In March 2018, the Supreme Court ruled in Hadiya’s favor, affirming her right to choose her religion and spouse. During the legal proceedings, the Supreme Court also directed the National Investigation Agency, India’s premier counter-terrorism law enforcement agency, to probe the alleged “love jihad” aspect of the case. In October 2018, the NIA investigation concluded that there was no coordinated conspiracy to convert girls of other faiths to Islam.

In recent years,Hindu far-right groups and senior BJP leaders have heavily promoted and weaponized “love jihad” to promote fear and hate against Muslims. Several states, predominantly those governed by the BJP, have implemented anti-conversion laws aimed at curtailing ‘love jihad.’ According to the Indian news outlet The Wire, as of January 2023, a total of 11 out of 28 Indian states, including Uttar Pradesh, Uttarakhand, and Madhya Pradesh, have enacted such laws. These laws could render interfaith marriages, allegedly entered into for the sole purpose of conversion, null and void, carrying penalties of up to 5-10 years in prison.

In February 2020, Union Minister of State for Home G Kishan Reddy, while speaking in the Indian parliament, said that “no such case of ‘Love Jihad’ has been reported by any of the central agencies.”

Independent journalist Shweta Desai, in her article for the New Lines Magazine wrote that these laws bear a “striking resemblance to the 1935 rules forbidding marriages between Jews and German citizens.”

A January 2022 piece for the Guardian noted that in the state of Uttar Pradesh alone, between November 2020 and August 2021, the police arrested 208 individuals under the new anti-conversion law, all of whom were Muslims.

The conspiracy theory has resulted in discrimination and violence against Muslim men involved in interfaith relationships. In May 2017, a Muslim man was murdered by the members of the far-right group Hindu Yuva Vahini over allegations that he had helped a relative elope with a Hindu girl. In September 2021, 24-year-old Arbaz Mullah was killed, and his body dismembered by the member far-right group Hindu Shri Ram Sena Hindustan for having an affair with a Hindu woman.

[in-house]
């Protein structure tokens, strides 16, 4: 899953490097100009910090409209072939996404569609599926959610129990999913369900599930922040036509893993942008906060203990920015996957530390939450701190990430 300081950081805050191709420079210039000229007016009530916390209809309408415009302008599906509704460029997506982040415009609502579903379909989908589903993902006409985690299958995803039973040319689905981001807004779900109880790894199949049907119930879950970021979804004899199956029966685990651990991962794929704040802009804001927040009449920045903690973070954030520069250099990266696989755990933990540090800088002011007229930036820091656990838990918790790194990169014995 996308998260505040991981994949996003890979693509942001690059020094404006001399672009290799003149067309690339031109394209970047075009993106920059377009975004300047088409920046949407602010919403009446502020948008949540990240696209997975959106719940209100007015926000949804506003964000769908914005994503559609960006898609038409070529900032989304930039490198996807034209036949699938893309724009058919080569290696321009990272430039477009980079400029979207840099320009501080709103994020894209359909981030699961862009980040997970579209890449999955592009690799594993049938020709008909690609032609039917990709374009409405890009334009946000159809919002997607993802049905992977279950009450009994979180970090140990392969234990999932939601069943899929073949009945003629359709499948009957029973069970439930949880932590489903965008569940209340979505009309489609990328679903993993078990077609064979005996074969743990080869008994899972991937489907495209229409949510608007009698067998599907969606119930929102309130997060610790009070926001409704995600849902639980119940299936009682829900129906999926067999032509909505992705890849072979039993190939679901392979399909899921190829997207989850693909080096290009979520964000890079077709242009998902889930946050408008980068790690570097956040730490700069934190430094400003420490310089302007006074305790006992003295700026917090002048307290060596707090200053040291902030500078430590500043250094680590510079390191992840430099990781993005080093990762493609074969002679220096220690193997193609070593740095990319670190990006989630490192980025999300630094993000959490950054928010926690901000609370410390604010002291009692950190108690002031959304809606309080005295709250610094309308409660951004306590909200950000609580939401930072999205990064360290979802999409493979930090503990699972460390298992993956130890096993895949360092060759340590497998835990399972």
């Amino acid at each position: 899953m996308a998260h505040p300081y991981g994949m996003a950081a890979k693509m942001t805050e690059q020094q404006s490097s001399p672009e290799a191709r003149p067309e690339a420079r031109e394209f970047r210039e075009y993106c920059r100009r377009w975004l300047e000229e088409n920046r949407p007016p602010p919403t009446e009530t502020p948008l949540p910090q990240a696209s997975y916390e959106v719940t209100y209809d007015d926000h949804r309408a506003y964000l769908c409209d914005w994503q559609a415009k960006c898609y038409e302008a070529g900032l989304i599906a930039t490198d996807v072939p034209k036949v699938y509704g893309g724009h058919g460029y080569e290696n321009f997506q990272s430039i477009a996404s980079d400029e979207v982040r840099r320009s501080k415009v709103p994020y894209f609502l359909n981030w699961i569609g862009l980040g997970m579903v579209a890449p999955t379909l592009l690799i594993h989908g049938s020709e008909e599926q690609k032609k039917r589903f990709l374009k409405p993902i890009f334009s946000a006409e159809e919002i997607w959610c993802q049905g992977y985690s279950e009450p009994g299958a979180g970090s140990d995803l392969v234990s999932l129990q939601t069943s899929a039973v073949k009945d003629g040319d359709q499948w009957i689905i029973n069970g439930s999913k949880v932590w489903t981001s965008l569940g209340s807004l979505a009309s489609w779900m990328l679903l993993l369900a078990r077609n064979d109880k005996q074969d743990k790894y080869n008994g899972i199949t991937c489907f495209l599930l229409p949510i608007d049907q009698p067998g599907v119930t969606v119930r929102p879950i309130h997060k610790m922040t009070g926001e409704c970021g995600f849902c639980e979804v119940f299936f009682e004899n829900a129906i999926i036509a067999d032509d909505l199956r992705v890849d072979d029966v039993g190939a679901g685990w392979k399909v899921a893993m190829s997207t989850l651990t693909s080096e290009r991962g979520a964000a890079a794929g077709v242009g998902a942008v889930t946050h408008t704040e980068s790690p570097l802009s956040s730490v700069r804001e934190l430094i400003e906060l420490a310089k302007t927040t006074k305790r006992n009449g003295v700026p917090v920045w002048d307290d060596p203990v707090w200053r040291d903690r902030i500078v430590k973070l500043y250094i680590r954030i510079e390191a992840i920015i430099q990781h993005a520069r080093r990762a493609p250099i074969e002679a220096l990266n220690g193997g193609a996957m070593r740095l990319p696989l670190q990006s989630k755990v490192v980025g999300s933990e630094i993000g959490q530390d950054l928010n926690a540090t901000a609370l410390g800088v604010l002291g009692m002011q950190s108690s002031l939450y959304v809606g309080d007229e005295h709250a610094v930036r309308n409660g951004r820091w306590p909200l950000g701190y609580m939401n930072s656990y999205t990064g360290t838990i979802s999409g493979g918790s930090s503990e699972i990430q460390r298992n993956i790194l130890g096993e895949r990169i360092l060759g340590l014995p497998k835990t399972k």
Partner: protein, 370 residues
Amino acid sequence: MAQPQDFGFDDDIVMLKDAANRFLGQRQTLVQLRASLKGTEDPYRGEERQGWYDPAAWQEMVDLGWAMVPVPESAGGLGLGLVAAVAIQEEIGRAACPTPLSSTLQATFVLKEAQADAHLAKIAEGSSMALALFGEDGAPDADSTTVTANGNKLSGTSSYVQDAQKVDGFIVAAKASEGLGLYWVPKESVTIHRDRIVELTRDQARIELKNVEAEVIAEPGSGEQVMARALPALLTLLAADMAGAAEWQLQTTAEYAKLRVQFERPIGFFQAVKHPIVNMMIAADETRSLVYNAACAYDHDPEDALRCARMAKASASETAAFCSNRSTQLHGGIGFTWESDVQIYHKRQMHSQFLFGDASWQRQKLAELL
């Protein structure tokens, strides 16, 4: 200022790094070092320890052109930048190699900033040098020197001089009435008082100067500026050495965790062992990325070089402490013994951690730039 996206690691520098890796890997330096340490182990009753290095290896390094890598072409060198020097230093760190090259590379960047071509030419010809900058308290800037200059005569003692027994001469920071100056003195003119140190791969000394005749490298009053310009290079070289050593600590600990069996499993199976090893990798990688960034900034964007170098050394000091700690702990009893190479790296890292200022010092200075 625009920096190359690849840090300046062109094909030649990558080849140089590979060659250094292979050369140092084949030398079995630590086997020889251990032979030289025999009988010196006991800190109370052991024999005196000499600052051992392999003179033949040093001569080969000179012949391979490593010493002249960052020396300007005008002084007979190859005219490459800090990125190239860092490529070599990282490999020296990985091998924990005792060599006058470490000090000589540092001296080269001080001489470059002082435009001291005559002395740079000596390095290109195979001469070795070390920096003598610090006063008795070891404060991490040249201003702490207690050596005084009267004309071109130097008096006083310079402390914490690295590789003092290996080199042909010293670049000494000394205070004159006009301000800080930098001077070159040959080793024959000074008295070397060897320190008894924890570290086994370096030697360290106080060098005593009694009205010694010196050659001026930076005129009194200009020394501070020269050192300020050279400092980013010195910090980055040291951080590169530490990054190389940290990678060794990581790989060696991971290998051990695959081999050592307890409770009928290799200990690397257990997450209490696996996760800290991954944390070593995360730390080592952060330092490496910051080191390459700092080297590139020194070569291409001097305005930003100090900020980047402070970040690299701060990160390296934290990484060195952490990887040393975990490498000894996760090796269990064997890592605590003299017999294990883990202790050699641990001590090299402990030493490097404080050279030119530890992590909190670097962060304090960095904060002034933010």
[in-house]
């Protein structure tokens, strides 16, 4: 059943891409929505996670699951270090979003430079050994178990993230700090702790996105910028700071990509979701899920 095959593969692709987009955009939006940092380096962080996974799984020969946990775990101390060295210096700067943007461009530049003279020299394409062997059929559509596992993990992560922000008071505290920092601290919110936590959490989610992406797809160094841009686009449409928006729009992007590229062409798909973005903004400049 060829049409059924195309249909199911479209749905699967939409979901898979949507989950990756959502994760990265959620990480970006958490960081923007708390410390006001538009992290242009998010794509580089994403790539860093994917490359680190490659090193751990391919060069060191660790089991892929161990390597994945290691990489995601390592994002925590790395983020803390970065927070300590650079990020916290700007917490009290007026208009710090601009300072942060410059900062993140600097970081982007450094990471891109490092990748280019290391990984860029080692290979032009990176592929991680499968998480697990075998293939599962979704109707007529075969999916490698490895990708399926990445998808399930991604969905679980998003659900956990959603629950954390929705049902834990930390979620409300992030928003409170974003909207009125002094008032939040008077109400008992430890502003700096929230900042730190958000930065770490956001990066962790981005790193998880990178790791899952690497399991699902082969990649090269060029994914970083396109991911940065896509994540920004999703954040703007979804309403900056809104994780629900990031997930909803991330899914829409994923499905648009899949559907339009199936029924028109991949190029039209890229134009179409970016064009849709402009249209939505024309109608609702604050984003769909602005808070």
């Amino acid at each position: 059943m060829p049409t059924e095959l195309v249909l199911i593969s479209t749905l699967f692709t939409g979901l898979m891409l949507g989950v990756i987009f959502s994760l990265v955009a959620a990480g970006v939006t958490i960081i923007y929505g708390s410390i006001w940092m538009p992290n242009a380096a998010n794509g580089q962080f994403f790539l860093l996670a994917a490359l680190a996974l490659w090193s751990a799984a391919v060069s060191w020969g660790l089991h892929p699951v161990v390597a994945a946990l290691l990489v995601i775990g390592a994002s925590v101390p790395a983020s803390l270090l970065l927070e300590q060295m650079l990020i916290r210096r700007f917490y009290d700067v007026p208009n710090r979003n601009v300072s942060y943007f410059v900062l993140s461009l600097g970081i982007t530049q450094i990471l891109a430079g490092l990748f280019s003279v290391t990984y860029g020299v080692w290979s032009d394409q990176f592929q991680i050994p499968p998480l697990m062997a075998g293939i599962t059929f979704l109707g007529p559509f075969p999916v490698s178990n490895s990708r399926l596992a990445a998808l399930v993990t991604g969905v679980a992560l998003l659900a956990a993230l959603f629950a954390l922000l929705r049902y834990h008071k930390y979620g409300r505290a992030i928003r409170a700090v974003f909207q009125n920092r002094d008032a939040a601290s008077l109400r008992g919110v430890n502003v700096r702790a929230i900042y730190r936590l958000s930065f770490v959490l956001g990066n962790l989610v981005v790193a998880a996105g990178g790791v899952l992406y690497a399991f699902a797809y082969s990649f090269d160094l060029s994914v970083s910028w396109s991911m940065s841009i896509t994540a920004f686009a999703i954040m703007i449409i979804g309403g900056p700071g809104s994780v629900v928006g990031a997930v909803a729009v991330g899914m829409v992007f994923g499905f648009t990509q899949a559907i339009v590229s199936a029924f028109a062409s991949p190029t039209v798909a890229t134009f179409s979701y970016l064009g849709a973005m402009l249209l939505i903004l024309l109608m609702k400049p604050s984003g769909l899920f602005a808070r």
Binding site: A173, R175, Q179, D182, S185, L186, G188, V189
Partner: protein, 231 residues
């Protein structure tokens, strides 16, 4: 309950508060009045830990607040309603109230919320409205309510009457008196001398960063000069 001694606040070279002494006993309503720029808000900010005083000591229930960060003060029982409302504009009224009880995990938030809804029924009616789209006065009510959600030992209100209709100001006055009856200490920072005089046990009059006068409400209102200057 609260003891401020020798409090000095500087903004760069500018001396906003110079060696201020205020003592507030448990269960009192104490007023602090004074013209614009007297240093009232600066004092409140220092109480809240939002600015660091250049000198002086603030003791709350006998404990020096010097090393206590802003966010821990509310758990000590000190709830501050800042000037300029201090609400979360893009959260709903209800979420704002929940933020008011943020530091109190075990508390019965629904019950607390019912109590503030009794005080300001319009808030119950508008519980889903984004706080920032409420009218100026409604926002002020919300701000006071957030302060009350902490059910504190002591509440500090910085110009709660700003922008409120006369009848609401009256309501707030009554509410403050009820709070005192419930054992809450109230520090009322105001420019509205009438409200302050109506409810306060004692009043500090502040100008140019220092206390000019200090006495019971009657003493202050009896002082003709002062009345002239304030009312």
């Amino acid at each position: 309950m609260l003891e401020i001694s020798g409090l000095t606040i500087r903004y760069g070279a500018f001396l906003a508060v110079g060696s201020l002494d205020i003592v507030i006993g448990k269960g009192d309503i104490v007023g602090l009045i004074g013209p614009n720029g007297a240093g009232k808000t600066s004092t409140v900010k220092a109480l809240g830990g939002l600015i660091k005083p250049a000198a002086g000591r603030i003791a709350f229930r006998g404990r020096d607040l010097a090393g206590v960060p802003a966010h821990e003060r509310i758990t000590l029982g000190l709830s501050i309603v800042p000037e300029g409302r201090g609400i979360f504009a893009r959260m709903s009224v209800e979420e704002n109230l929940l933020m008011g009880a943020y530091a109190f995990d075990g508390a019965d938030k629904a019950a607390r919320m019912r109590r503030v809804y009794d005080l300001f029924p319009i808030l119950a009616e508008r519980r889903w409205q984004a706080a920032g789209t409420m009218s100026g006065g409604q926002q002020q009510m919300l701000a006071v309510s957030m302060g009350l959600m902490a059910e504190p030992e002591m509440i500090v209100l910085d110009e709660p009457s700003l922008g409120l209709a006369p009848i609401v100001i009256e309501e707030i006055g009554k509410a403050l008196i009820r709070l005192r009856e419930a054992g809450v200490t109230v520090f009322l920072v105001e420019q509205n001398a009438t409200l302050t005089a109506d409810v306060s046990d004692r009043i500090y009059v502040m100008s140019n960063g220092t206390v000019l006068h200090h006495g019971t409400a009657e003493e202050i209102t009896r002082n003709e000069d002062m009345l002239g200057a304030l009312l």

Far-right groups have also used cinema to normalize “love jihad.” In May 2023, a Hindu nationalist filmmaker Sudipto Sen, released an Islamophobic movie, The Kerala Story, which propagated unfounded claims that Hindu and Christian women were entrapped by Muslims to join Islamic State (IS). The film’s trailer sensationalized the issue, claiming to depict the “heart-breaking and gut-wrenching stories of 32,000 females” allegedly converted to Islam and forced into joining IS. AltNews, an Indian fact-checking website, debunked this claim by citing various reports, including one from the United States Department of State, which stated that as of November 2020, there were 66 known Indian-origin fighters affiliated with IS. The matter was brought before the Kerala High Court, prompting the filmmaker to take down the trailer and amend the exaggerated figure to “three.”